A final irony of the debate over the Obama immigration policy is that the immigration laws the president has chosen not to enforce in some cases, go against the original meaning of the Constitution and expand federal power beyond the scope established by the Founders. While Article I of the Constitution gives Congress power over “commerce” with foreign nations and the “naturalization” of foreigners, it does not give it a general power to restrict international migration. The original meaning of international “commerce” did not encompass mere movement across borders, just as Congress’ power over interstate commerce (enumerated in the very same phrase of Article I) was not originally understood to include the power to restrict interstate migration. This limited understanding of federal power was one of the reasons why the federal government pursued a virtual open borders immigration policy until racist xenophobia led to the enactment of the Chinese Exclusion Act of 1882.
Broad congressional power to restrict migration has long been endorsed by Supreme Court precedent, beginning with an 1889 decision upholding the Chinese Exclusion Act. Although its reasoning is deeply at odds with the text and original meaning of Article I, it may be justifiable from the standpoint of “living Constitution” theory. But it should be far more problematic for constitutional originalists and supporters of strong enforcement of limits on congressional power. These overlapping groups of course include many of Obama’s conservative critics.
Although Obama’s policy is constitutional, it is not completely unproblematic. From the standpoint of immigrants, the very factors that help make it legal also weaken its effectiveness. As an act of executive discretion, the policy can be reversed at any time by either Obama himself or a successor. Although the president hopes that the beneficiaries of the new policy will be able to “come out of the shadows,” this aspect of the situation might incentivize many to keep at least one foot safely out of the light.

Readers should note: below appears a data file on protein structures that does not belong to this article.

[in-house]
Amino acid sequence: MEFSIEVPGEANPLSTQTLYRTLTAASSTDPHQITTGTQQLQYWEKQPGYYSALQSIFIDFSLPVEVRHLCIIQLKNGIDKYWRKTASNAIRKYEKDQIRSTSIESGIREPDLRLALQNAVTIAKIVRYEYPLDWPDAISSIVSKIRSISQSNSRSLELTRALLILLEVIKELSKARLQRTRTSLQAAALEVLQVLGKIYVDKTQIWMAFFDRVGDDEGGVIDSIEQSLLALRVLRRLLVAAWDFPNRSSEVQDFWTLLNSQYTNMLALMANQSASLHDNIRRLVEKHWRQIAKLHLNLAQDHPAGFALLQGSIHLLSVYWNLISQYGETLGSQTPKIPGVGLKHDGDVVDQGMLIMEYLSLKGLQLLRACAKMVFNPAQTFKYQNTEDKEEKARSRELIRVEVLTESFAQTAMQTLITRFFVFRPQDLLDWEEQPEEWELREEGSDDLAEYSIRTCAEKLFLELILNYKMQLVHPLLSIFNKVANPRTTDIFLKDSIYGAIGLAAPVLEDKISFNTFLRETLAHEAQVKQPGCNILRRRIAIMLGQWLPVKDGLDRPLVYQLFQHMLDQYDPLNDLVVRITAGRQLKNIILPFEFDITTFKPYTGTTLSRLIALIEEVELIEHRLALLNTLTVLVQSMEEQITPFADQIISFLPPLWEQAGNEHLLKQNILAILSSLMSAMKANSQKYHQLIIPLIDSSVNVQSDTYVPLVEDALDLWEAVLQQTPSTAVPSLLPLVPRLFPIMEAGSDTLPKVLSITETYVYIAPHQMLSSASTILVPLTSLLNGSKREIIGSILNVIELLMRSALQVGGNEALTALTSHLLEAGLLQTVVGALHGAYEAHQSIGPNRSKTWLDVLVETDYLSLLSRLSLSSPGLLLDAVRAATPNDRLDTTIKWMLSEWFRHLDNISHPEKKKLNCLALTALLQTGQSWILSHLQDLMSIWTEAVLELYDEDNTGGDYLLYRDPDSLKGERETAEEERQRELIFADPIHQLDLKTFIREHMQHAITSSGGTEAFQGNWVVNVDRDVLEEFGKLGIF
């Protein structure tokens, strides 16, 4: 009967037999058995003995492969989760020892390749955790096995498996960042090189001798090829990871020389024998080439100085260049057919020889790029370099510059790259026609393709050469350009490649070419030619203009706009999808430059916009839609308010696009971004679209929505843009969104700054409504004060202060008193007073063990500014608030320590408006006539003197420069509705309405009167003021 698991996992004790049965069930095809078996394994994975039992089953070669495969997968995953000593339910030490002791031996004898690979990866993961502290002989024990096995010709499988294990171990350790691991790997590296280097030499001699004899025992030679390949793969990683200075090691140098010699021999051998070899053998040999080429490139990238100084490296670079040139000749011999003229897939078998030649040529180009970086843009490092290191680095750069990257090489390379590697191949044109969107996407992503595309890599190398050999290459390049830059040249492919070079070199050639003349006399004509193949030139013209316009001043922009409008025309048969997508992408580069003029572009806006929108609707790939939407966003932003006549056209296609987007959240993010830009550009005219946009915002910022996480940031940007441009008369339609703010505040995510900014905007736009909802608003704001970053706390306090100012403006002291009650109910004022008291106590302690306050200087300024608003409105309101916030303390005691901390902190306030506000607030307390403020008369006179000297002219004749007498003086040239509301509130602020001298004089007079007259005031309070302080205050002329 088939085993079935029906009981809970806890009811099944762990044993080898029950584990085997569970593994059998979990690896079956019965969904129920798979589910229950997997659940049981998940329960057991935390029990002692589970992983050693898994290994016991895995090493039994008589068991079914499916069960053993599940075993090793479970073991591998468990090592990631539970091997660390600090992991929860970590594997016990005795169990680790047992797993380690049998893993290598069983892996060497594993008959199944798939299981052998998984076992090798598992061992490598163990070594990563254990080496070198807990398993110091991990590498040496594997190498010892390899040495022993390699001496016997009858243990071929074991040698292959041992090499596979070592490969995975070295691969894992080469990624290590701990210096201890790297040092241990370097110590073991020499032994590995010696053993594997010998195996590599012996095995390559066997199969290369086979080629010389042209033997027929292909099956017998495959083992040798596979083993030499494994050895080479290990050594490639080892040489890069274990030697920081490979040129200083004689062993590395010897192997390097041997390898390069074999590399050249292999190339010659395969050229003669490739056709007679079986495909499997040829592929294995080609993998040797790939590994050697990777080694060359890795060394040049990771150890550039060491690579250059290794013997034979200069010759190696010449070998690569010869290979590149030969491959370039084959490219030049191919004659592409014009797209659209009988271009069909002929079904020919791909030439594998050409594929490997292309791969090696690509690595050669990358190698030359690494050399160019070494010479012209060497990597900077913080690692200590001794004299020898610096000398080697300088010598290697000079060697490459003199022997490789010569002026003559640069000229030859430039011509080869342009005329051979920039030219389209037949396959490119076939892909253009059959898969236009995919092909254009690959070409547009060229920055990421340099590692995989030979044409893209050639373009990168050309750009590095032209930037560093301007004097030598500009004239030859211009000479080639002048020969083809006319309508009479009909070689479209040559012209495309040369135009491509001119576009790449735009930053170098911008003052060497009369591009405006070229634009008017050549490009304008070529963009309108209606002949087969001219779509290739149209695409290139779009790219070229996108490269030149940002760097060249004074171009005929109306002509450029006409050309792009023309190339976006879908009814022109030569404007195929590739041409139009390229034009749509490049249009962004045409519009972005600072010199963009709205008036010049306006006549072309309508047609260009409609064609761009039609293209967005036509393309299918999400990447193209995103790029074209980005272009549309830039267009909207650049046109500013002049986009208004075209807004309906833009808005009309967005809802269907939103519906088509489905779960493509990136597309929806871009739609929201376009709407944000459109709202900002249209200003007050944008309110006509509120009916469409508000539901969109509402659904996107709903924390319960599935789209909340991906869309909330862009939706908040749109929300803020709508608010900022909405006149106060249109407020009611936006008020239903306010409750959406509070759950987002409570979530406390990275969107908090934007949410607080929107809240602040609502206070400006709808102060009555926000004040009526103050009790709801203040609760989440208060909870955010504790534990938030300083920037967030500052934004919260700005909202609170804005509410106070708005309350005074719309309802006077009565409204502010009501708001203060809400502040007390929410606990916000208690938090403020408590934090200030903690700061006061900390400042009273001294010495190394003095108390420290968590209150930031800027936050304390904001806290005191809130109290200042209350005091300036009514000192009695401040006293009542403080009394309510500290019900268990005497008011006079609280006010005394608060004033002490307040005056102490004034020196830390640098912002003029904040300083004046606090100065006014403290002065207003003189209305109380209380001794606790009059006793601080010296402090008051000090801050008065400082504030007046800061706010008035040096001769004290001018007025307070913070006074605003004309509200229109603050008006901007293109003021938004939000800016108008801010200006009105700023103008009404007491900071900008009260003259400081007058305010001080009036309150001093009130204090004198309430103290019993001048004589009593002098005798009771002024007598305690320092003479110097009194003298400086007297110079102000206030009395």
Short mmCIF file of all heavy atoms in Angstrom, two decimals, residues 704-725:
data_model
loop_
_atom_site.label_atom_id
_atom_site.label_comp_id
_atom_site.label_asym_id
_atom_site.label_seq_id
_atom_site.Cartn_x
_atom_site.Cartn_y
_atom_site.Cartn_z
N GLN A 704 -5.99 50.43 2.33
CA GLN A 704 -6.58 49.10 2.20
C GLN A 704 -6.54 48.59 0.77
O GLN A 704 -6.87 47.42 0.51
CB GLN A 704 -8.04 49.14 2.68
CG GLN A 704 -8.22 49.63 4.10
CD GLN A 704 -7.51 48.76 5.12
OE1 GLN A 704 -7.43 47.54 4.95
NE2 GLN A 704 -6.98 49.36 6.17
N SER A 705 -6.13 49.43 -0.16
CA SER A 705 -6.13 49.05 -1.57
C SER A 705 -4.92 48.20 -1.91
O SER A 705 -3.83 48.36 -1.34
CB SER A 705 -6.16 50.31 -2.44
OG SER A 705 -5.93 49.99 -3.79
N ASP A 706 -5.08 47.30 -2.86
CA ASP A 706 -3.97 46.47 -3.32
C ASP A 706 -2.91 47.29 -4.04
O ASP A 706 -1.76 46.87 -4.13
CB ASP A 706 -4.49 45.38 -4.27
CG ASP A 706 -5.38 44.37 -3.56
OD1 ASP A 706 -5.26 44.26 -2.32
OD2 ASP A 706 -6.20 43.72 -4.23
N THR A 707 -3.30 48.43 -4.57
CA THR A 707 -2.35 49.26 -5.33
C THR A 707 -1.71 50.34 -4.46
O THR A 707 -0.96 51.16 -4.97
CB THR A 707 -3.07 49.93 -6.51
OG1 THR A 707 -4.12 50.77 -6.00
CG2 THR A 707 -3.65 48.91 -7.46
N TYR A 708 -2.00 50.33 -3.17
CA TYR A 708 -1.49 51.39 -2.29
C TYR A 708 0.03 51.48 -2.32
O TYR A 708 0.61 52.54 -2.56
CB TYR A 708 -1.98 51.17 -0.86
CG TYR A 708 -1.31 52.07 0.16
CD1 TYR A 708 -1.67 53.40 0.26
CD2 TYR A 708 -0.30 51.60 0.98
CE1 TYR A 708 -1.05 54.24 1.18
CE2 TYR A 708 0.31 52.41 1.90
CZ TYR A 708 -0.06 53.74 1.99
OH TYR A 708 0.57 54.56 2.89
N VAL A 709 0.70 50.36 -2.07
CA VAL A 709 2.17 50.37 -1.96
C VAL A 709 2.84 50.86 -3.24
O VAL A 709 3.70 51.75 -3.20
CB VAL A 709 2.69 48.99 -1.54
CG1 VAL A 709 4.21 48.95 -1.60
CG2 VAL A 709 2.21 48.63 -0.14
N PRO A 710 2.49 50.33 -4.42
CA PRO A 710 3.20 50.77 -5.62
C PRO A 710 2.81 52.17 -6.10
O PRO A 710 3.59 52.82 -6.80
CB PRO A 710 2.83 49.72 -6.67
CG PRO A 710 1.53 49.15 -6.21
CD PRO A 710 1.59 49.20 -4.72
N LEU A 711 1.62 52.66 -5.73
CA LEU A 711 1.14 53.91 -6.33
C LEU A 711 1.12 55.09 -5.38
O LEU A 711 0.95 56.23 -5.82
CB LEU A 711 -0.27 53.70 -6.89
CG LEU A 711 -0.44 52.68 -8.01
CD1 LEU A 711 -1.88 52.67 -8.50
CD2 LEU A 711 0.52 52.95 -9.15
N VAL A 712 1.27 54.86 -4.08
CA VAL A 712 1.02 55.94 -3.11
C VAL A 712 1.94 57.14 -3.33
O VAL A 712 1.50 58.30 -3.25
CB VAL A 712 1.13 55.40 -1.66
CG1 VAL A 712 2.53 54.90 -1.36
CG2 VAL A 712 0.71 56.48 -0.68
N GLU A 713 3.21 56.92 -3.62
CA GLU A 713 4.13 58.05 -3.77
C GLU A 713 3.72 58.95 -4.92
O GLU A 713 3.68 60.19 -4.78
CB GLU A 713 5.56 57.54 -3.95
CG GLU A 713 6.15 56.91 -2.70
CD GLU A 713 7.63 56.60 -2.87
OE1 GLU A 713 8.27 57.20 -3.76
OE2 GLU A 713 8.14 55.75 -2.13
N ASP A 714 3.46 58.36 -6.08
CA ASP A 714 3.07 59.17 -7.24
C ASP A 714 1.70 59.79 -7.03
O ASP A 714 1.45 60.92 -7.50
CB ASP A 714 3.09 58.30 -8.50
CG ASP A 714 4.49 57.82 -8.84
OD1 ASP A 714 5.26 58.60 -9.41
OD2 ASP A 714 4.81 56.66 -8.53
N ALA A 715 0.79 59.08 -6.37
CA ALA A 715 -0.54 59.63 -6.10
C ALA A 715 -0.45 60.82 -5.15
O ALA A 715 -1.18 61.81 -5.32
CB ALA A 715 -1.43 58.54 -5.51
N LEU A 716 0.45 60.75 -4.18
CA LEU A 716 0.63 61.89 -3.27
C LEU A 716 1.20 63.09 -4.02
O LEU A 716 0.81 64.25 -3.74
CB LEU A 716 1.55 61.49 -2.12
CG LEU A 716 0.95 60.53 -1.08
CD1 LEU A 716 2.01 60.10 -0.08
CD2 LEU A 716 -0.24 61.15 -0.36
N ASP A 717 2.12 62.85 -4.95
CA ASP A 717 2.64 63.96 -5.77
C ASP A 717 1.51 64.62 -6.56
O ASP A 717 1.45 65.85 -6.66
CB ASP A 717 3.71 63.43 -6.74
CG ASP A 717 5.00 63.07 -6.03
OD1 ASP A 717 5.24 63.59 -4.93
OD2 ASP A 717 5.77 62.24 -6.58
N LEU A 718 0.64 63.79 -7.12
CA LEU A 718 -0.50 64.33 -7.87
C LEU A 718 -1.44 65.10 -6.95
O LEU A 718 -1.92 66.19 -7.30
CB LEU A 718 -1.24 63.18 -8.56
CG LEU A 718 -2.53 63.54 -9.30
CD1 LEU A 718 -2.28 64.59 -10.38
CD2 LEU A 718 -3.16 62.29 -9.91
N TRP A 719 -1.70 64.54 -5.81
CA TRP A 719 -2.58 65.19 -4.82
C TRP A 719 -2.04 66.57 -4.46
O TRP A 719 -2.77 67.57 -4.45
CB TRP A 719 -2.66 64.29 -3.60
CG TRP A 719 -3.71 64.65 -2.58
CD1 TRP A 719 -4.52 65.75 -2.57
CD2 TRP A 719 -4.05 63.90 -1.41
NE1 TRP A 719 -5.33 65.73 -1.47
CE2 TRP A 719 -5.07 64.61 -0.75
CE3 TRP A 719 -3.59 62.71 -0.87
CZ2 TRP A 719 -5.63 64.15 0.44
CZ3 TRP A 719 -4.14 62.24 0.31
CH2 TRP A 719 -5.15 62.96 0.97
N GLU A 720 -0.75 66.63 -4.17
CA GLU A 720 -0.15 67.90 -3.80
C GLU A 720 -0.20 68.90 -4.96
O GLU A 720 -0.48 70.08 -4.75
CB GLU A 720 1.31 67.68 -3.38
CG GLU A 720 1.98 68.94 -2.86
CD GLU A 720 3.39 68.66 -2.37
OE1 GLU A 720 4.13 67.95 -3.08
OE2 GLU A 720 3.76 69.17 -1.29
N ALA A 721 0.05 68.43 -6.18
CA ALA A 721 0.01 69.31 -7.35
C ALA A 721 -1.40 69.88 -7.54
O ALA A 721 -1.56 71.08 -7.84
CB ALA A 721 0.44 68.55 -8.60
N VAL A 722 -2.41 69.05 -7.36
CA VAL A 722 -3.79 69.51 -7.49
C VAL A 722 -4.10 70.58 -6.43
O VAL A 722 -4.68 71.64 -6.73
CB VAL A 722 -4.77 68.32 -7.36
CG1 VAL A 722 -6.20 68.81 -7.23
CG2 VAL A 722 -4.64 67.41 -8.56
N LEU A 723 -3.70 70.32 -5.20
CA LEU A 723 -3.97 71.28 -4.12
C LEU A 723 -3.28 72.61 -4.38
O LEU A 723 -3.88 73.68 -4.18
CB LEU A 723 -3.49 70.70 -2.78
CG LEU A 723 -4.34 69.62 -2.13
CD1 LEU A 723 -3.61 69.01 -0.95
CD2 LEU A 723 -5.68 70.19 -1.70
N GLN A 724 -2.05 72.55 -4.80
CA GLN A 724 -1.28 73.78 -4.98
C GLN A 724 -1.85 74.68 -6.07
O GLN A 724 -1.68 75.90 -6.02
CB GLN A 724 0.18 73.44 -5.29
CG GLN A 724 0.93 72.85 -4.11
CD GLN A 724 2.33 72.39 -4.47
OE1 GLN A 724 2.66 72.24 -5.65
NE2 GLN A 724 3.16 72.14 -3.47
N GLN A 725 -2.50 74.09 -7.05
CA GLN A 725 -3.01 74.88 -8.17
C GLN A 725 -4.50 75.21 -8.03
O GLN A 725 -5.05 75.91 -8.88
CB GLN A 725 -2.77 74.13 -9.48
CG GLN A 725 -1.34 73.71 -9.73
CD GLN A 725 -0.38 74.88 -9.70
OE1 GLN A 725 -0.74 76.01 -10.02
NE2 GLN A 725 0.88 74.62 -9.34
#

The president’s sweeping exercise of executive discretion highlights the enormous power enjoyed by the modern executive in a world where nearly everyone is guilty of violating some federal law, but only a small fraction of offenders can be brought to justice. This state of affairs enables presidents to exercise enormous discretion in deciding who to target. Such discretion is easily abused in a variety of ways. Even many who trust the Obama administration to use that discretion wisely may not have similar confidence in future presidents. More generally, an America where almost everyone is a lawbreaker is a nation where the rule of law is increasingly displaced by the rule of executive discretion. Illegal immigrants are not the only ones who must to some degree live in “the shadows” of the law. Like undocumented migrants who manage to avoid deportation, most of the rest of us are also free only in so far as law enforcement officials are unaware of or choose to overlook our violations of labyrinthine federal laws.
The administration’s immigration policy is both constitutional and a notable improvement over the previous status quo. But the silver lining of its virtues does not entirely obscure the underlying cloud of the overextension of federal law and the ways in which it puts nearly all of us at the mercy of executive discretion.